Pulmonary Hypertension Screening in Patients with Bronchopulmonary Dysplasia Clinical Pathway — ICU and Inpatient

ECHO Screening and ECHO Evidence ECHO of Pulmonary Hypertension

Considerations for ECHO Screening

  • Infants with BPD are at risk for pulmonary hypertension. The development of pulmonary hypertension contributes to the higher rates of morbidity and mortality in this population.
  • Routine PH screening is not indicated for premature infants at 36 weeks PMA without BPD.
  • If an infant without BPD develops signs and symptoms that may be consistent with PH including the development of a need for respiratory support after 36 weeks PMA, consider obtaining an echocardiogram as PH may be present in these infants.
  • BNP is not indicated as part of the screening process for PH.
  • There are some limitations in the use of echocardiogram as a screening test for PH, and the timing of disease development is not entirely understood.
  • Incidence of PH is highest in infants with grade 2-3 BPD, therefore repeat screens are recommended on a regular basis for this subset of infants with BPD.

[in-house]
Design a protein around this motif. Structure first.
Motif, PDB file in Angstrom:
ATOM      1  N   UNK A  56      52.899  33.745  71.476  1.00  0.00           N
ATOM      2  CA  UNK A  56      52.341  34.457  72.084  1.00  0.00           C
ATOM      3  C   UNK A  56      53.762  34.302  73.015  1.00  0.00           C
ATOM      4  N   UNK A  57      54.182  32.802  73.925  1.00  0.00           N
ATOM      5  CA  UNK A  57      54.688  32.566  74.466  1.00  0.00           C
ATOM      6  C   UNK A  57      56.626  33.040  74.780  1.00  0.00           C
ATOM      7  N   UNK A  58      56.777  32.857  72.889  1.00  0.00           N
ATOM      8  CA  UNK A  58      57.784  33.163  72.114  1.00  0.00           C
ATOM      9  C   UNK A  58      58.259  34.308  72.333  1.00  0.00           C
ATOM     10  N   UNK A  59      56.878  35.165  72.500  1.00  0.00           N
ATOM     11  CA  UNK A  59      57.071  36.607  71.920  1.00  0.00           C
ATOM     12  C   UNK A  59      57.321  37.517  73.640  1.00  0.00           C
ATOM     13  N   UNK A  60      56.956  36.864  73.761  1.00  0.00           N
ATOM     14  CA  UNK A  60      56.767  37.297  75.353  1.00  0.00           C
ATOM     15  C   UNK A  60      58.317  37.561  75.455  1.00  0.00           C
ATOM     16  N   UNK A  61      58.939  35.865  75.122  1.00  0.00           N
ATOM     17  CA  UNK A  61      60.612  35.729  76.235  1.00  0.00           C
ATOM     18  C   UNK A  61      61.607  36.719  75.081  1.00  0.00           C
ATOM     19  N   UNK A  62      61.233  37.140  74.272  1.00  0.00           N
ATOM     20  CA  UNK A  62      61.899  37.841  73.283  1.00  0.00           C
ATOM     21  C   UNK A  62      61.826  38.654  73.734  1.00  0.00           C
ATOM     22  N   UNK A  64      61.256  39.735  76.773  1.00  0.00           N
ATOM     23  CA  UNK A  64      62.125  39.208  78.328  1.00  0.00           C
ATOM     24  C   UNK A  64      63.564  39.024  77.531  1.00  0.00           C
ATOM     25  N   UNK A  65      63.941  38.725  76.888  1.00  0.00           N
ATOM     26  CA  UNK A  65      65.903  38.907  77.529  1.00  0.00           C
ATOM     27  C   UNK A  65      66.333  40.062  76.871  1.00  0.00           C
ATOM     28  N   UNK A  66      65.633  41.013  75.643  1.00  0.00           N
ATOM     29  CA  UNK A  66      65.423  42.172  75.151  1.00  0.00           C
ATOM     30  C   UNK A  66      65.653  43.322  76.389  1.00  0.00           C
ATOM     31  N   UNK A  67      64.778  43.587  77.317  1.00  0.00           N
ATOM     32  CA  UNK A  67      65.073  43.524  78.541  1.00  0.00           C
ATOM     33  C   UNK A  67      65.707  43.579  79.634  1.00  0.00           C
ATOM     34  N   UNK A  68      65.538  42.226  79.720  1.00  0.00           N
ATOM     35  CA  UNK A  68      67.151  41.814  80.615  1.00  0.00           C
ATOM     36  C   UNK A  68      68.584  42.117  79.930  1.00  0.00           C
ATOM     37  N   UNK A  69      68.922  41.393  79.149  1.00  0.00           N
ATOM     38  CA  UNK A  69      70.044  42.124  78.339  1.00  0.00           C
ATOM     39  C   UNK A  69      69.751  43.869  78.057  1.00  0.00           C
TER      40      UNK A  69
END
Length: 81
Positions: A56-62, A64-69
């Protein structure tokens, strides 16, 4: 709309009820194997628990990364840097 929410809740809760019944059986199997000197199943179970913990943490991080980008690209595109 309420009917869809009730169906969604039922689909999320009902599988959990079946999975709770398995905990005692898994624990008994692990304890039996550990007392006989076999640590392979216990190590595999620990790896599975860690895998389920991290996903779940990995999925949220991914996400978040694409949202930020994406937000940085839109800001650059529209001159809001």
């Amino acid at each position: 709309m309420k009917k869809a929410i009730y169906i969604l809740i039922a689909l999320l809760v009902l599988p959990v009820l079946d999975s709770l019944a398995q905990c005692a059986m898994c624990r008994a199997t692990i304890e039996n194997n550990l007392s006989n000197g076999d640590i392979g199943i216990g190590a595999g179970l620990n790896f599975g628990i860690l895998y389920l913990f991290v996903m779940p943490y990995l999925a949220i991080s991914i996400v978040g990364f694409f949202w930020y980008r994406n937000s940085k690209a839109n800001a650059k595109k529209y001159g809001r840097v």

• PH in patients with BPD can develop after 36 weeks PMA.
Echo Evidence of Pulmonary Hypertension (PH)
Evidence of PH
  • Right ventricular (RV) pressure estimate by tricuspid valve regurgitant velocity > 40 mmHg or > 1/2 systemic systolic pressure
  • Ventricular septal flattening or bowing position
  • Bi-directional or right to left flow at the PDA
  • Evidence of pulmonary vein stenosis
Supporting Evidence
  • Right ventricular dysfunction
  • Right atrial or ventricular enlargement
  • Right ventricular hypertrophy
  • Bi-directional or right to left flow at the PFO or ASD

Role of Cardiology Consultation

  • Formal consultation can be determined by local routine and obtain guidance on need for treatment, additional testing or follow up.
  • For an echocardiogram that is obtained close to discharge, completion of cardiology consultation could occur as outpatient if an option for outpatient follow up is available.